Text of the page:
What Does Dozo Mean?
The Dozos according to Defination.net are traditional hunters in northern Côte d’Ivoire, southeast Mali, and Burkina Faso. They are members of a Donzo Ton, a co-fraternity of initiated hunters and sons of Dozo.
The Dozos are a non-ethnic group who are primarily derived from Mandé-speaking villages, but they can also be found in Dyula-speaking communities and most other ethnic groups in Côte d’Ivoire.
Dozo societies grew in popularity in the latter half of the twentieth century, and during the Ivorian Civil War, Dozo groups gained political prominence.
How Did The Dozo Movement Begin?
In the 1990s, the movement in Côte d’Ivoire began to play the role of unofficial neighborhood police, being called in by some towns and authorities to manage growing crime in the face of inadequate state police protection.
The dozos became security agents in order to reclaim the status they had lost as a result of over-hunting the large animals that provided them with their livelihood and pride. Dozos guarded markets, homes, and businesses, maintained armed night-time security patrols and roadblocks, and tried and punished criminal suspects.
In his 2011 book Hunting the Ethical State: The Benkadi Movement of Côte d’Ivoire, author and university professor Joseph Hellweg explains how Dozos, who practice intricate rites in their work as hunters and guards, “treated Côte d’Ivoire’s crime wave as a symptom of a larger moral disorder that threatened community well-being, requiring a comprehensive, ethical cure that they articulated through ritual.”
The Dozos’ Modus Operandi And Appearance.
It has long been usual to see dozos standing guard at homes or businesses, or riding around on motorbikes, weapons in hand, long knives in tunic pockets, across Côte d’Ivoire’s northern region.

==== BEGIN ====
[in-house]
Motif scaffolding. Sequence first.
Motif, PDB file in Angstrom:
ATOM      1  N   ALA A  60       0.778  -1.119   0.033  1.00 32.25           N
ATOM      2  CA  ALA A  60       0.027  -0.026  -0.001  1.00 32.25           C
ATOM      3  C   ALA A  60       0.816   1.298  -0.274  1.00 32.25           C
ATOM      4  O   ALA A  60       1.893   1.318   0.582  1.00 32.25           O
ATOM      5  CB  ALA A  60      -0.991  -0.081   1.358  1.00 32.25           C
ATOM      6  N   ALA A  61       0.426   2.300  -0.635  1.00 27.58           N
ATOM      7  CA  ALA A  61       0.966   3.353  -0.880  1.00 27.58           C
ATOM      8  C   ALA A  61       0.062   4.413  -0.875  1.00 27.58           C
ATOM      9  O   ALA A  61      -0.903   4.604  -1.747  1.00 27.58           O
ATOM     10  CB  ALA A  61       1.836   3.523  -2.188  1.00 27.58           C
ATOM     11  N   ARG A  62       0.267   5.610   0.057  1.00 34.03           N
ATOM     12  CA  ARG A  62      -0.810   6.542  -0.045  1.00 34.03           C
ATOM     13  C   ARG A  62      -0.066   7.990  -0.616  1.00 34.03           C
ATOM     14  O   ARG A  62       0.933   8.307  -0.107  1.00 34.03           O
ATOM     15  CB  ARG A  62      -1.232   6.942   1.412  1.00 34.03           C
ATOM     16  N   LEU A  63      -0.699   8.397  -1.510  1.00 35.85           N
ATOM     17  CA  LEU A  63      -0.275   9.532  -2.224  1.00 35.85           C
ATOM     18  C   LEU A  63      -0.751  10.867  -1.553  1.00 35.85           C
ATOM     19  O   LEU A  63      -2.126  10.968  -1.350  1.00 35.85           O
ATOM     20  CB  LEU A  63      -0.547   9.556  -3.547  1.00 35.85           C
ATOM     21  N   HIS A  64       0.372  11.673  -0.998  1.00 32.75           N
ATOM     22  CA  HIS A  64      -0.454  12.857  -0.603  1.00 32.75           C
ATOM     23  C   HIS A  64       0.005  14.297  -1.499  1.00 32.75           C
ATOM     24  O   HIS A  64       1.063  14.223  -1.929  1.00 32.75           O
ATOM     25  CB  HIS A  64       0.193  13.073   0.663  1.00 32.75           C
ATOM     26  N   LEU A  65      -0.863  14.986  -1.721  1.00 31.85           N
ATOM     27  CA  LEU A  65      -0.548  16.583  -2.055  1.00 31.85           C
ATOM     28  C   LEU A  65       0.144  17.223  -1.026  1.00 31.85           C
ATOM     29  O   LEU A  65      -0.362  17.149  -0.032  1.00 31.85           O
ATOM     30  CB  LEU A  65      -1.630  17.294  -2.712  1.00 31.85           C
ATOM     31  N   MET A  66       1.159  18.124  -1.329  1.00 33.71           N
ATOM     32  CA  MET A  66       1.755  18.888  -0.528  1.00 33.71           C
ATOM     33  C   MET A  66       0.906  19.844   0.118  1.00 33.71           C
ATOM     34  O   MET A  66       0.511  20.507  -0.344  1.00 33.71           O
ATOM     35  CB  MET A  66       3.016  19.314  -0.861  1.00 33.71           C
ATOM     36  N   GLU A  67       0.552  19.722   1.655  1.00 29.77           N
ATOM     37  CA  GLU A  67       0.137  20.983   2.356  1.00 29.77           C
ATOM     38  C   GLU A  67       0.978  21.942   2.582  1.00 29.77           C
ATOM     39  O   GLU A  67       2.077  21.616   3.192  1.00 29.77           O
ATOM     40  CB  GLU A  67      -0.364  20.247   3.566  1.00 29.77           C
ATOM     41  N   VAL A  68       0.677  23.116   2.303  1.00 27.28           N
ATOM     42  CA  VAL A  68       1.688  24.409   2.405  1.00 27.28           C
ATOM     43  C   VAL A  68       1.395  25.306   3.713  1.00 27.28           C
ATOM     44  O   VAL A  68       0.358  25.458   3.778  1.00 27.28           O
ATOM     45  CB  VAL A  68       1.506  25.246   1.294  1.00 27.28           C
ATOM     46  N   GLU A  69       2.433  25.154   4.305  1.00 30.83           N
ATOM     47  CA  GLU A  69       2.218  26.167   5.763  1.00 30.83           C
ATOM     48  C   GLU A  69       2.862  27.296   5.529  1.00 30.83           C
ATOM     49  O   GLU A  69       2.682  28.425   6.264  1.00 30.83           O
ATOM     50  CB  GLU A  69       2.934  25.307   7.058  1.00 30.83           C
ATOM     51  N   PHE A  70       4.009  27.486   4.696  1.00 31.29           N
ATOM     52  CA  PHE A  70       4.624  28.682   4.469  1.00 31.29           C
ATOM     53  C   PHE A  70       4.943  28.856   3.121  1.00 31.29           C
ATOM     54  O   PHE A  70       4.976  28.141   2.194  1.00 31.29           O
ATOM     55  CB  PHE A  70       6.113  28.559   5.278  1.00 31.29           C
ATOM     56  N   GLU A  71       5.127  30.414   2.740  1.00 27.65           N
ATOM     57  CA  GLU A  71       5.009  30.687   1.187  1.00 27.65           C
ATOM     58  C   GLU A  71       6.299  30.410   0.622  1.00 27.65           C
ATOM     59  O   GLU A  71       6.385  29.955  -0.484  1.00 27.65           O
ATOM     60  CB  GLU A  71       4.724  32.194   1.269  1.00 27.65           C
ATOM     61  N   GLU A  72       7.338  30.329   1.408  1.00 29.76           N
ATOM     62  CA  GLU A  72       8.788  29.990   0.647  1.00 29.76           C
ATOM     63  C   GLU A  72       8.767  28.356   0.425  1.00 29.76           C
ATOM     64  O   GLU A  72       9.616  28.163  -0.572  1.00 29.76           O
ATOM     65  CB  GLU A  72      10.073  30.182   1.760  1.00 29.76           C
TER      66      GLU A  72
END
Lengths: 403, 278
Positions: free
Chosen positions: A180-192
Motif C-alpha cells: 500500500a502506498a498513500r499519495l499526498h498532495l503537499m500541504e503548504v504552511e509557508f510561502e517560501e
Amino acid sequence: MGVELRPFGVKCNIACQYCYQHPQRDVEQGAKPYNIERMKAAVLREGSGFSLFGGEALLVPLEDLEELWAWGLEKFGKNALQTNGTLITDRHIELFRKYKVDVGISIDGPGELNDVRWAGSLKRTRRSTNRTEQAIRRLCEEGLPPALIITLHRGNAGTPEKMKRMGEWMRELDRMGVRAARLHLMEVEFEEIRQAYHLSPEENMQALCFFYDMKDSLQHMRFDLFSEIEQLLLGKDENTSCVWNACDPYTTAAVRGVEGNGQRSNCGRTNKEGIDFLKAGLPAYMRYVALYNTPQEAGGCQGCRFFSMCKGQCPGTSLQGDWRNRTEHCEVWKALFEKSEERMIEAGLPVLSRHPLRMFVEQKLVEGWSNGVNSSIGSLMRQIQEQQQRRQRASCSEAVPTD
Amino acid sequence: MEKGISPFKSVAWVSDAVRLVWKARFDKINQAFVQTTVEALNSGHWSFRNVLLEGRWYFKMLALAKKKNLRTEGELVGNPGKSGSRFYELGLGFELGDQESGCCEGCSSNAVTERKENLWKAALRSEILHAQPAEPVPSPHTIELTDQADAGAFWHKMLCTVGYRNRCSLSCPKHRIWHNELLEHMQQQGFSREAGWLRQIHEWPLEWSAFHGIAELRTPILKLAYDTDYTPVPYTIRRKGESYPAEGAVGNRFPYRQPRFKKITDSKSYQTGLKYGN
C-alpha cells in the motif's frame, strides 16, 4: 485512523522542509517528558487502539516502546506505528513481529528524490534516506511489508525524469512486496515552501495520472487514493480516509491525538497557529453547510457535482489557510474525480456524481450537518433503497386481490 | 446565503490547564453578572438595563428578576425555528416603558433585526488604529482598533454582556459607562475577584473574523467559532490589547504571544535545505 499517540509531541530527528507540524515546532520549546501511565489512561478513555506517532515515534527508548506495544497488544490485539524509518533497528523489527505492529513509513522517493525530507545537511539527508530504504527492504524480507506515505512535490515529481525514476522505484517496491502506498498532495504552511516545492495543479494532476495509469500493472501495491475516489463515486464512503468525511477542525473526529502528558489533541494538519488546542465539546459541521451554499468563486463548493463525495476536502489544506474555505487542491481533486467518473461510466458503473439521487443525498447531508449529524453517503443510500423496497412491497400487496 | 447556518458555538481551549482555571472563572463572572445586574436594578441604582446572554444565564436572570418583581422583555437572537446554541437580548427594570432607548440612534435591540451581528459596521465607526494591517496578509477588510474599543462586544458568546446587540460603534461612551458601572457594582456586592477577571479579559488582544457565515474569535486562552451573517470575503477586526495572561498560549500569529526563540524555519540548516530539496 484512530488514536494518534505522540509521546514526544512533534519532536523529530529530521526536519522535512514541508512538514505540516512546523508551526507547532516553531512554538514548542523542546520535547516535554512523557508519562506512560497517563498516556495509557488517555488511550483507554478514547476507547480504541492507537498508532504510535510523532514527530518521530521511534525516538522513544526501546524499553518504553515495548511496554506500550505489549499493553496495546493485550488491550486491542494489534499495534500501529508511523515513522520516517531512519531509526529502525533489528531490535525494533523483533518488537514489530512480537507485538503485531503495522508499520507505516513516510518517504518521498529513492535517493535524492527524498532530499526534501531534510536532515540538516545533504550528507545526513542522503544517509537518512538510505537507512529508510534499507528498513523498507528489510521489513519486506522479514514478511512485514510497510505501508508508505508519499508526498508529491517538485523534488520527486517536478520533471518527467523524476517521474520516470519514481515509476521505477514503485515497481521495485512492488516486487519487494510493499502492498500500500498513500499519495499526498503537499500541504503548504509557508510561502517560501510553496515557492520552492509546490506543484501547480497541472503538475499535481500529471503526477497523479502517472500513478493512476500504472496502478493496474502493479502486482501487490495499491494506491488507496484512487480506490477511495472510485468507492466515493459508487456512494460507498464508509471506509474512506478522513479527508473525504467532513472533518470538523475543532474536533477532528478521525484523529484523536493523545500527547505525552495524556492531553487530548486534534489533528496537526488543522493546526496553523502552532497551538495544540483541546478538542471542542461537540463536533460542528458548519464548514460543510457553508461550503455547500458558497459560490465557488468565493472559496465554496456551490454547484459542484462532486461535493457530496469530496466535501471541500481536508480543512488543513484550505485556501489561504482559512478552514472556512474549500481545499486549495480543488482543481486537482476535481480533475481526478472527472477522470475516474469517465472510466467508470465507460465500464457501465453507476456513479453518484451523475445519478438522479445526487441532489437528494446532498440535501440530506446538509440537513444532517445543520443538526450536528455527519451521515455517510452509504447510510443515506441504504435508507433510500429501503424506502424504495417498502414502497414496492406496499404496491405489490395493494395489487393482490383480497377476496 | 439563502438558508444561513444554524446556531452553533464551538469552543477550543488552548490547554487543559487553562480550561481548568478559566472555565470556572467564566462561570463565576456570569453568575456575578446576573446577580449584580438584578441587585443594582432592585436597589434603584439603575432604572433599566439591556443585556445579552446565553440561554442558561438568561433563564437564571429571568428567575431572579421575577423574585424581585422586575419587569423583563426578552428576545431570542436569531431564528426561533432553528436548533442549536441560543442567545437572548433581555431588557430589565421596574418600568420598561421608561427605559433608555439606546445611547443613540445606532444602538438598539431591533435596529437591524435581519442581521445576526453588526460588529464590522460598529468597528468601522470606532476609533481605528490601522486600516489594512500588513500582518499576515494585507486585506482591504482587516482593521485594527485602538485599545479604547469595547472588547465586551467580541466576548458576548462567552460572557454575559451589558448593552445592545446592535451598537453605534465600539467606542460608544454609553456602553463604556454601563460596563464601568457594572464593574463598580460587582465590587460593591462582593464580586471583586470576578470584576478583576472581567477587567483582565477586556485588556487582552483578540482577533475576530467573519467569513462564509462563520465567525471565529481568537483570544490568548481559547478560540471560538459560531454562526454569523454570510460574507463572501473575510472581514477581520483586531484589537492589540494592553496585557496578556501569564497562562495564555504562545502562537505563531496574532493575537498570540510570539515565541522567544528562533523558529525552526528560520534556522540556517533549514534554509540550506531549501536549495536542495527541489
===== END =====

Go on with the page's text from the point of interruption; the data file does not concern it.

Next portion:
The amulets (gris-gris) worn by Dozos are said to have magical abilities that protect them from danger and improve their vision and hearing. Bulletproof amulets, inherited brown hunting clothes, and unique hats are claimed to protect them.
How Many Fighters/Hunters Does The Dozo Group Have?
According to Balla Dembélé, one of the leaders based in Duékoué, there are currently 20,000 members in Côte d’Ivoire alone.
Human Rights Violation Accusations Against Dozo In Côte d’Ivoire.
Dozos “probably participated” in massacres in late March of the year 2011, when the UN Operation in Côte d’Ivoire (UNOCI) went into Duékoué, according to the UNOCI’s human rights section.
UNOCI groups dozos with pro-Gbagbo military and militia, pro-Ouattara military, and civilians who committed acts of violence or looting in the west, concluding that there are “two sorts of dozos: traditional hunters and warriors.”
In a study released on July 28 2011, Amnesty International (AI) claims that dozos were terrorizing the local Guéré people, accusing “government security personnel and the dozos” of ” committing human rights violations.”
At that point in time, Amnesty International wanted the Ivorian government to abolish the dozos, which it refers to as “state-backed militia.”
Human Rights Violation Accusations Against Dozo In Mali.
Local villagers accused the Malian government of arming Dozo militias responsible for a wave of killings of nomadic Fula tribes in 2017.
Dozo allegedly gathered a community in the Mopti Region in June 2018, separated Fula ethnic group members from the rest of the residents, and killed at least 32 of them. The Fula allege that they are routinely attacked by the traditional hunters in the pretext of fighting Islamist terrorists. They claim that the Malian military is complicit in such acts.
All photos in this article were gotten from Pieter Van Ostaeyen on Twitter. @p_vanostaeyen
Some parts of this article was curled and modified from an article written by The New Humanitarian.